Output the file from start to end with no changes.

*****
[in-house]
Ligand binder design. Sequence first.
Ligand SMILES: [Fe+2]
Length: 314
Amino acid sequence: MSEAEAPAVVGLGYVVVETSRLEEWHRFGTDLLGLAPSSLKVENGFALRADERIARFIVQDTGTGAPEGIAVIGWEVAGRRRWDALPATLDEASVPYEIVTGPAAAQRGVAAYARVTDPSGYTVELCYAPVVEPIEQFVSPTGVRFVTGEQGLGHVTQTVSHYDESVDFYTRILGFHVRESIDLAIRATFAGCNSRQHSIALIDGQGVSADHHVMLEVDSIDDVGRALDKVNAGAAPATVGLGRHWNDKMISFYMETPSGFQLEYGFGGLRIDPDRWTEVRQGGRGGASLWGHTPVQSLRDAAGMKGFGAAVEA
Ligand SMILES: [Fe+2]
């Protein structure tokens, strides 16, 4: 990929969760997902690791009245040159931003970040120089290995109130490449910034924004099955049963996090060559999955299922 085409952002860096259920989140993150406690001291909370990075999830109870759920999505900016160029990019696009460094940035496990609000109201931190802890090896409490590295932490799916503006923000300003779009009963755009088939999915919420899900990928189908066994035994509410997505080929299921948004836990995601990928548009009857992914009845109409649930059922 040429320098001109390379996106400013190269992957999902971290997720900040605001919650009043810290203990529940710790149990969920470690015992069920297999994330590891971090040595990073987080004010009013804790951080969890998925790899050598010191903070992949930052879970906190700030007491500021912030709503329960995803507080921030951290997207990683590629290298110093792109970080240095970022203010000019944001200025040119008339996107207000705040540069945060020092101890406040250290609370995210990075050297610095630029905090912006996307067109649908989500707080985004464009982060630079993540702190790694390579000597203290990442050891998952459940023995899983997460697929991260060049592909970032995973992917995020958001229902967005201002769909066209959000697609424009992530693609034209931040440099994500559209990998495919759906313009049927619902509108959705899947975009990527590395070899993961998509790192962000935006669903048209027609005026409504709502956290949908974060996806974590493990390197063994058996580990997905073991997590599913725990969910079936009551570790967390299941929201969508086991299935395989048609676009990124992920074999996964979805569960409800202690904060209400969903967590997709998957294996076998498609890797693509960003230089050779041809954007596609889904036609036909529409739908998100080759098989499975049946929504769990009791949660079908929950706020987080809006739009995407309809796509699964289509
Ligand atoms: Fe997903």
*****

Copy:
[in-house]
Ligand binder design. Sequence first.
Ligand SMILES: [Fe+2]
Length: 314
Amino acid sequence: MSEAEAPAVVGLGYVVVETSRLEEWHRFGTDLLGLAPSSLKVENGFALRADERIARFIVQDTGTGAPEGIAVIGWEVAGRRRWDALPATLDEASVPYEIVTGPAAAQRGVAAYARVTDPSGYTVELCYAPVVEPIEQFVSPTGVRFVTGEQGLGHVTQTVSHYDESVDFYTRILGFHVRESIDLAIRATFAGCNSRQHSIALIDGQGVSADHHVMLEVDSIDDVGRALDKVNAGAAPATVGLGRHWNDKMISFYMETPSGFQLEYGFGGLRIDPDRWTEVRQGGRGGASLWGHTPVQSLRDAAGMKGFGAAVEA
Ligand SMILES: [Fe+2]
């Protein structure tokens, strides 16, 4: 990929969760997902690791009245040159931003970040120089290995109130490449910034924004099955049963996090060559999955299922 085409952002860096259920989140993150406690001291909370990075999830109870759920999505900016160029990019696009460094940035496990609000109201931190802890090896409490590295932490799916503006923000300003779009009963755009088939999915919420899900990928189908066994035994509410997505080929299921948004836990995601990928548009009857992914009845109409649930059922 040429320098001109390379996106400013190269992957999902971290997720900040605001919650009043810290203990529940710790149990969920470690015992069920297999994330590891971090040595990073987080004010009013804790951080969890998925790899050598010191903070992949930052879970906190700030007491500021912030709503329960995803507080921030951290997207990683590629290298110093792109970080240095970022203010000019944001200025040119008339996107207000705040540069945060020092101890406040250290609370995210990075050297610095630029905090912006996307067109649908989500707080985004464009982060630079993540702190790694390579000597203290990442050891998952459940023995899983997460697929991260060049592909970032995973992917995020958001229902967005201002769909066209959000697609424009992530693609034209931040440099994500559209990998495919759906313009049927619902509108959705899947975009990527590395070899993961998509790192962000935006669903048209027609005026409504709502956290949908974060996806974590493990390197063994058996580990997905073991997590599913725990969910079936009551570790967390299941929201969508086991299935395989048609676009990124992920074999996964979805569960409800202690904060209400969903967590997709998957294996076998498609890797693509960003230089050779041809954007596609889904036609036909529409739908998100080759098989499975049946929504769990009791949660079908929950706020987080809006739009995407309809796509699964289509
Ligand atoms: Fe997903």